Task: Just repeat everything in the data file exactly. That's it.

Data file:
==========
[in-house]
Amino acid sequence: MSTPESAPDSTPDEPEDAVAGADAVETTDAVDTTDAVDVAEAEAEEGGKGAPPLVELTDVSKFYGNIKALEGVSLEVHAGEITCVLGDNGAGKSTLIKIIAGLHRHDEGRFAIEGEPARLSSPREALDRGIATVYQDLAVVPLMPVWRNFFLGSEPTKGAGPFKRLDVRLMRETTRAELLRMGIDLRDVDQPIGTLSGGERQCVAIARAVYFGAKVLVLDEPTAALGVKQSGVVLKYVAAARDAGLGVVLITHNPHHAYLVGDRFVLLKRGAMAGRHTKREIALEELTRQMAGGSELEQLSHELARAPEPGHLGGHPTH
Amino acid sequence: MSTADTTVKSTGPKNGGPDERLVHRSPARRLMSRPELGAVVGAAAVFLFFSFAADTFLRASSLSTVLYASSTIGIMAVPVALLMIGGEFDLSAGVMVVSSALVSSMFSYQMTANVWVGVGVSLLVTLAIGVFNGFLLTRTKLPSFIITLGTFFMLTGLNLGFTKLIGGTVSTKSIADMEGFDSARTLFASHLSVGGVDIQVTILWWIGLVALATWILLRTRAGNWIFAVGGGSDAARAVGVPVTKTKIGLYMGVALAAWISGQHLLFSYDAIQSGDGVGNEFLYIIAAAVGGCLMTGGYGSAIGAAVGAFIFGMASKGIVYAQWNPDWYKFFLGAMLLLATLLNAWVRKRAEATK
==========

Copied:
[in-house]
Amino acid sequence: MSTPESAPDSTPDEPEDAVAGADAVETTDAVDTTDAVDVAEAEAEEGGKGAPPLVELTDVSKFYGNIKALEGVSLEVHAGEITCVLGDNGAGKSTLIKIIAGLHRHDEGRFAIEGEPARLSSPREALDRGIATVYQDLAVVPLMPVWRNFFLGSEPTKGAGPFKRLDVRLMRETTRAELLRMGIDLRDVDQPIGTLSGGERQCVAIARAVYFGAKVLVLDEPTAALGVKQSGVVLKYVAAARDAGLGVVLITHNPHHAYLVGDRFVLLKRGAMAGRHTKREIALEELTRQMAGGSELEQLSHELARAPEPGHLGGHPTH
Amino acid sequence: MSTADTTVKSTGPKNGGPDERLVHRSPARRLMSRPELGAVVGAAAVFLFFSFAADTFLRASSLSTVLYASSTIGIMAVPVALLMIGGEFDLSAGVMVVSSALVSSMFSYQMTANVWVGVGVSLLVTLAIGVFNGFLLTRTKLPSFIITLGTFFMLTGLNLGFTKLIGGTVSTKSIADMEGFDSARTLFASHLSVGGVDIQVTILWWIGLVALATWILLRTRAGNWIFAVGGGSDAARAVGVPVTKTKIGLYMGVALAAWISGQHLLFSYDAIQSGDGVGNEFLYIIAAAVGGCLMTGGYGSAIGAAVGAFIFGMASKGIVYAQWNPDWYKFFLGAMLLLATLLNAWVRKRAEATK